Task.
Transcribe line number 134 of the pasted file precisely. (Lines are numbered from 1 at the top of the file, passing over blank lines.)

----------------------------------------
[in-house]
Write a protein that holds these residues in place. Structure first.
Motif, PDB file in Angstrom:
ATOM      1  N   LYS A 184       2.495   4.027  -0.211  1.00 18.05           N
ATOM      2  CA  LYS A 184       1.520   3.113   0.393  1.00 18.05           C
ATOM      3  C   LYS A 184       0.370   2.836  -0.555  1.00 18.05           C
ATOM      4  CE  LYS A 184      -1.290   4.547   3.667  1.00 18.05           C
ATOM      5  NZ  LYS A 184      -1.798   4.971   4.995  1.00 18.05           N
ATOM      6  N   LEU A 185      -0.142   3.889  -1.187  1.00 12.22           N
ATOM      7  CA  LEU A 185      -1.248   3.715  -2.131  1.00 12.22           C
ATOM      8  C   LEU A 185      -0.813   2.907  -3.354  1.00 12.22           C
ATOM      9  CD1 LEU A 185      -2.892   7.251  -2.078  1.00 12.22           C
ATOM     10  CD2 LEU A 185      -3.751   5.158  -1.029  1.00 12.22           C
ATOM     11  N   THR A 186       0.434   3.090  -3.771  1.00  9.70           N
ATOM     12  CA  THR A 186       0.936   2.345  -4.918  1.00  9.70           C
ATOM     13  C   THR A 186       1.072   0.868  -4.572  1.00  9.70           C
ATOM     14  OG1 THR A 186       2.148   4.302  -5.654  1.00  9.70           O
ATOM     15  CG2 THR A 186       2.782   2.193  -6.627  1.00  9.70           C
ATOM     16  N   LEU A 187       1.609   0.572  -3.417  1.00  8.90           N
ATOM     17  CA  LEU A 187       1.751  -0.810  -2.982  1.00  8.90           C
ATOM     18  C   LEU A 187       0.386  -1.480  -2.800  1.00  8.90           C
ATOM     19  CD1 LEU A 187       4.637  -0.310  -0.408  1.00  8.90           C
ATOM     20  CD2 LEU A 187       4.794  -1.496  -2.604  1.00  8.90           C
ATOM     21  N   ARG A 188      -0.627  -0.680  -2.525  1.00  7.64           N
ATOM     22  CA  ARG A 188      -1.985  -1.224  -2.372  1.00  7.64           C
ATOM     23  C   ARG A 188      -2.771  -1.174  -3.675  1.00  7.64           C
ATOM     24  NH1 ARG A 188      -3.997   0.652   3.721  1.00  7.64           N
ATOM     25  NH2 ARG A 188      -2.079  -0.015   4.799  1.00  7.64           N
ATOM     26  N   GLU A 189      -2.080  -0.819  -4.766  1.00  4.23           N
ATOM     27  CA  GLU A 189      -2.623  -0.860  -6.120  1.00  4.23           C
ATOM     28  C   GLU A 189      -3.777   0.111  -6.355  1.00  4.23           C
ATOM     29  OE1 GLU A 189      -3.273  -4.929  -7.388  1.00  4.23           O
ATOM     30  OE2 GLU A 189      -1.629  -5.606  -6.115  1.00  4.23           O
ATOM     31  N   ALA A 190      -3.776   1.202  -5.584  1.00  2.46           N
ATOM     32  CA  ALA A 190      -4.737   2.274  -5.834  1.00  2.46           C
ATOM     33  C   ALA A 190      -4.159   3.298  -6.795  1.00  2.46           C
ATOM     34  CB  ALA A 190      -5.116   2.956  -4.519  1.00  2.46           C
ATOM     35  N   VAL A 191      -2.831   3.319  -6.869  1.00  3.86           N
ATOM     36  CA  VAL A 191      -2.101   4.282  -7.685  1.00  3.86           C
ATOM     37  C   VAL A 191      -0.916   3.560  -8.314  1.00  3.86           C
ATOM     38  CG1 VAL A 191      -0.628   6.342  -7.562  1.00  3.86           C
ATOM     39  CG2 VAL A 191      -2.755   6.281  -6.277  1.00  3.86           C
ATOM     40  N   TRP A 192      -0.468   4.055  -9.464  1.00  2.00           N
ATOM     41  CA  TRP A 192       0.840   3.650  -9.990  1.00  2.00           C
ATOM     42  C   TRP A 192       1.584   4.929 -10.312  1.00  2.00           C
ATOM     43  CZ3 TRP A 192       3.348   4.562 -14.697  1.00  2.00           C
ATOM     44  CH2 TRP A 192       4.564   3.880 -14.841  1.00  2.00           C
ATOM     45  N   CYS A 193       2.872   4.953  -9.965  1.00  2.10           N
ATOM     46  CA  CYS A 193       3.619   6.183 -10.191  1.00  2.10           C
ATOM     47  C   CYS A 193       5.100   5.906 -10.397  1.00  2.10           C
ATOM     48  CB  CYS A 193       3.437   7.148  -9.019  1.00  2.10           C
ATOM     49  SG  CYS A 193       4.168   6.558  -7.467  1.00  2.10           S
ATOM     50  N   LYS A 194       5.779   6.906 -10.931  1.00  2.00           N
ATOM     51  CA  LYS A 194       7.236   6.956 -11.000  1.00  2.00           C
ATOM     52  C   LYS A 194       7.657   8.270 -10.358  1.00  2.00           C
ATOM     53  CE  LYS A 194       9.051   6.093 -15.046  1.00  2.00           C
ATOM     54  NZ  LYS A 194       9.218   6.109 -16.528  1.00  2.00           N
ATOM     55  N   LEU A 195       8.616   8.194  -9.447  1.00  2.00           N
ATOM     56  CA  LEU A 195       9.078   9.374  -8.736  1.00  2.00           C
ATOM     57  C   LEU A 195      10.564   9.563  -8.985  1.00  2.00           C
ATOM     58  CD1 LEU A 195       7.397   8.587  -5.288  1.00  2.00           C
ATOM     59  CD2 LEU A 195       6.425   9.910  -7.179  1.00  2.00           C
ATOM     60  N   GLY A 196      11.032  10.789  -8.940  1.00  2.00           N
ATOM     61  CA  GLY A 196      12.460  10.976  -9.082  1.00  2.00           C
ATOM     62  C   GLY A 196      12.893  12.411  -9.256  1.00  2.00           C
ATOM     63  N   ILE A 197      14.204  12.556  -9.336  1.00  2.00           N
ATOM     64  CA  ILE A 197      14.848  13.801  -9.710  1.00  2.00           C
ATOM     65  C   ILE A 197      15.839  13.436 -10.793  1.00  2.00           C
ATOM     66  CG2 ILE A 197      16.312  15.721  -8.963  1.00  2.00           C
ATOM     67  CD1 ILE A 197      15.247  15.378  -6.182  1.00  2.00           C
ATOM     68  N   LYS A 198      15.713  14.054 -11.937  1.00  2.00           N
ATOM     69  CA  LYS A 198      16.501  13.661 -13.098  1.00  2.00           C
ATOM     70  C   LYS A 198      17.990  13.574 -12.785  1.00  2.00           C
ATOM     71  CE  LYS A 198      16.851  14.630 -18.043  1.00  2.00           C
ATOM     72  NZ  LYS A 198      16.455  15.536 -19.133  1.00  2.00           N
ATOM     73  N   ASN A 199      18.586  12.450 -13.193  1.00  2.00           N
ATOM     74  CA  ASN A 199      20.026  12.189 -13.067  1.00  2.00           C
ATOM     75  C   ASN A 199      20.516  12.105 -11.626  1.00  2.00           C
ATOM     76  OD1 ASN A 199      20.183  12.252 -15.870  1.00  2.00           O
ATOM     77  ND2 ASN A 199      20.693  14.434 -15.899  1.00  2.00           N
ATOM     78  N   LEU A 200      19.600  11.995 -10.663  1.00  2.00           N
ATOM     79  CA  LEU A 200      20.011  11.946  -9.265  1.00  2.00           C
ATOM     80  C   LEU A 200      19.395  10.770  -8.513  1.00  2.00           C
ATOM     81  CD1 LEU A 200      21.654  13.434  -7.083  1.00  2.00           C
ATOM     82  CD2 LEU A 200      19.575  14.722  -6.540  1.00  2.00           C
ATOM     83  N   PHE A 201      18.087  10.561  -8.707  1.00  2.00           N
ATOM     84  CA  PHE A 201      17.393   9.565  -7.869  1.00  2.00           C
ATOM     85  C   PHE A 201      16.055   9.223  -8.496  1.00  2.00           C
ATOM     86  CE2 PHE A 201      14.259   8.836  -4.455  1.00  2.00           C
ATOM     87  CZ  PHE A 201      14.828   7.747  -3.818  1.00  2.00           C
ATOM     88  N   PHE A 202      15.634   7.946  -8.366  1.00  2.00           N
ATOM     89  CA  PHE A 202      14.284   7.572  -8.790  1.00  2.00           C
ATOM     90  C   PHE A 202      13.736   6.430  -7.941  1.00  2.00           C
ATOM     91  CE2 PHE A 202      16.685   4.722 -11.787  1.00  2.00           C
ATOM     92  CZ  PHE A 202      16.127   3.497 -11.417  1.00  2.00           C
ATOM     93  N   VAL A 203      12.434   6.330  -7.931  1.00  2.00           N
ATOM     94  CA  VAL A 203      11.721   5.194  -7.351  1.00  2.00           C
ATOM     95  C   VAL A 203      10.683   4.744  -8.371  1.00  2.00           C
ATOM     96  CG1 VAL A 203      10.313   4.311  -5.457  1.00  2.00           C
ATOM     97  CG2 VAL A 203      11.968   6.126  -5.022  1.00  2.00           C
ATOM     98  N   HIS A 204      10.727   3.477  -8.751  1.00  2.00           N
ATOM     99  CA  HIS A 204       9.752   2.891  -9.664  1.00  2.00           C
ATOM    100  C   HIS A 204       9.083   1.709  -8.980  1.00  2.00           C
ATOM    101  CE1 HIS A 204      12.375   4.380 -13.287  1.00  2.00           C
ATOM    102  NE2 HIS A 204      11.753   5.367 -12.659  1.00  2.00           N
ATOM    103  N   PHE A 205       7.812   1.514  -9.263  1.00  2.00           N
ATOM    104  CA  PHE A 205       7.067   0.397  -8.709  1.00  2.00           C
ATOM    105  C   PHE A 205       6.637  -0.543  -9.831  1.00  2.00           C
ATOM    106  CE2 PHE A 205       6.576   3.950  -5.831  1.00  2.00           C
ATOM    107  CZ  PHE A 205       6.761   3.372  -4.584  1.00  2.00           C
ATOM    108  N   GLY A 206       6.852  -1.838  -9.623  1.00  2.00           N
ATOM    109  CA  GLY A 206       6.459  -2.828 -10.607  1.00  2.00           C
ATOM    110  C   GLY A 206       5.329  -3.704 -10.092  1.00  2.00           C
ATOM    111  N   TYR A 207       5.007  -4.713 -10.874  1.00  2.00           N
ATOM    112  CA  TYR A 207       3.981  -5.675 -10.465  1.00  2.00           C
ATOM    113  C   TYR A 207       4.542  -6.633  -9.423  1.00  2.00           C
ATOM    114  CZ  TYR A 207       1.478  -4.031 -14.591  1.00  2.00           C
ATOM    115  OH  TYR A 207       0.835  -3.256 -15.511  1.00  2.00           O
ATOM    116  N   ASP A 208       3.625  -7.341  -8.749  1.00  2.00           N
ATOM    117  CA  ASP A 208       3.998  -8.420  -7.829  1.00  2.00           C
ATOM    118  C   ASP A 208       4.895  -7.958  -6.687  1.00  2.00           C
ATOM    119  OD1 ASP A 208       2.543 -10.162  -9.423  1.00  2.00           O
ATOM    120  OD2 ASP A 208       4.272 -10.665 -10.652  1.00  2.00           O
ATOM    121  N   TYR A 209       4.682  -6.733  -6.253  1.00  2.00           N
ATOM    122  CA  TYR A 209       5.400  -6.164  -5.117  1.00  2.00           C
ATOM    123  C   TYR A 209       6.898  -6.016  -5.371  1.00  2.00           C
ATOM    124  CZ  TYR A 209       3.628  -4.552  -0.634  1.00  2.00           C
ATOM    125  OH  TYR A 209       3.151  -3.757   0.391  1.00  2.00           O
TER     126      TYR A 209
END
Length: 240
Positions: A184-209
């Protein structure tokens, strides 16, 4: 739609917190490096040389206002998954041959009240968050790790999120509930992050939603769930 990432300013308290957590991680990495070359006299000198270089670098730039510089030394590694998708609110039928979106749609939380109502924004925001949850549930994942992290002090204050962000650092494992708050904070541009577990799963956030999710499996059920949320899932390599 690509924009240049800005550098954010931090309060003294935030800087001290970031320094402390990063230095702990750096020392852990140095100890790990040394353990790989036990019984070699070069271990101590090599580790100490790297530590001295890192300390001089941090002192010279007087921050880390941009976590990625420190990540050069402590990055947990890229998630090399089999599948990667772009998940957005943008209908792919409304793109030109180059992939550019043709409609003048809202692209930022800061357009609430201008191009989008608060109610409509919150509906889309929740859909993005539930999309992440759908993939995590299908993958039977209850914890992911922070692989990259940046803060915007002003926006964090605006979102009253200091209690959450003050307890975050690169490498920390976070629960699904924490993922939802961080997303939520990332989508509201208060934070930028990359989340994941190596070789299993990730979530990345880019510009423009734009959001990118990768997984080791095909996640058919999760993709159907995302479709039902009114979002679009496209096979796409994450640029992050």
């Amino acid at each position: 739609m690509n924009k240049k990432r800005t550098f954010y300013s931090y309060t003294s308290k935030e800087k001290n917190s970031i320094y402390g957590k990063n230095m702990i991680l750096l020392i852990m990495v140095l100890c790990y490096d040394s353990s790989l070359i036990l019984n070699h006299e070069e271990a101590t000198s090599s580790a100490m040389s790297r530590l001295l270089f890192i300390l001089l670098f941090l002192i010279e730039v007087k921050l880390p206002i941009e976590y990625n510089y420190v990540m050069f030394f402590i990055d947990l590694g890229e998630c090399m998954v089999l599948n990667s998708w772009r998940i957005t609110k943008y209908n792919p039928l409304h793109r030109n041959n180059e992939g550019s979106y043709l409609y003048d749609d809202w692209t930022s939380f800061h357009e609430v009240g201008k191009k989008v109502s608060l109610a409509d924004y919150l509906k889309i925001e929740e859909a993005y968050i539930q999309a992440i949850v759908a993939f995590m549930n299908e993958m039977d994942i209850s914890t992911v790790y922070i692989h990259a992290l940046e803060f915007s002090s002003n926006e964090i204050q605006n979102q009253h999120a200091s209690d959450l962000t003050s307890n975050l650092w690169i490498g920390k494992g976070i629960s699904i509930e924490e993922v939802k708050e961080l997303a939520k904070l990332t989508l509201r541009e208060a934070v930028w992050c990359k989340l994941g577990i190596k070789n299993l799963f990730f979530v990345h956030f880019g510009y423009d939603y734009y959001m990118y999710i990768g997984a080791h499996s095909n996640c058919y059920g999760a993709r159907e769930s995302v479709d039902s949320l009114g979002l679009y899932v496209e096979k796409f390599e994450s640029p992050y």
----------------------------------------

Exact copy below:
């Amino acid at each position: 739609m690509n924009k240049k990432r800005t550098f954010y300013s931090y309060t003294s308290k935030e800087k001290n917190s970031i320094y402390g957590k990063n230095m702990i991680l750096l020392i852990m990495v140095l100890c790990y490096d040394s353990s790989l070359i036990l019984n070699h006299e070069e271990a101590t000198s090599s580790a100490m040389s790297r530590l001295l270089f890192i300390l001089l670098f941090l002192i010279e730039v007087k921050l880390p206002i941009e976590y990625n510089y420190v990540m050069f030394f402590i990055d947990l590694g890229e998630c090399m998954v089999l599948n990667s998708w772009r998940i957005t609110k943008y209908n792919p039928l409304h793109r030109n041959n180059e992939g550019s979106y043709l409609y003048d749609d809202w692209t930022s939380f800061h357009e609430v009240g201008k191009k989008v109502s608060l109610a409509d924004y919150l509906k889309i925001e929740e859909a993005y968050i539930q999309a992440i949850v759908a993939f995590m549930n299908e993958m039977d994942i209850s914890t992911v790790y922070i692989h990259a992290l940046e803060f915007s002090s002003n926006e964090i204050q605006n979102q009253h999120a200091s209690d959450l962000t003050s307890n975050l650092w690169i490498g920390k494992g976070i629960s699904i509930e924490e993922v939802k708050e961080l997303a939520k904070l990332t989508l509201r541009e208060a934070v930028w992050c990359k989340l994941g577990i190596k070789n299993l799963f990730f979530v990345h956030f880019g510009y423009d939603y734009y959001m990118y999710i990768g997984a080791h499996s095909n996640c058919y059920g999760a993709r159907e769930s995302v479709d039902s949320l009114g979002l679009y899932v496209e096979k796409f390599e994450s640029p992050y």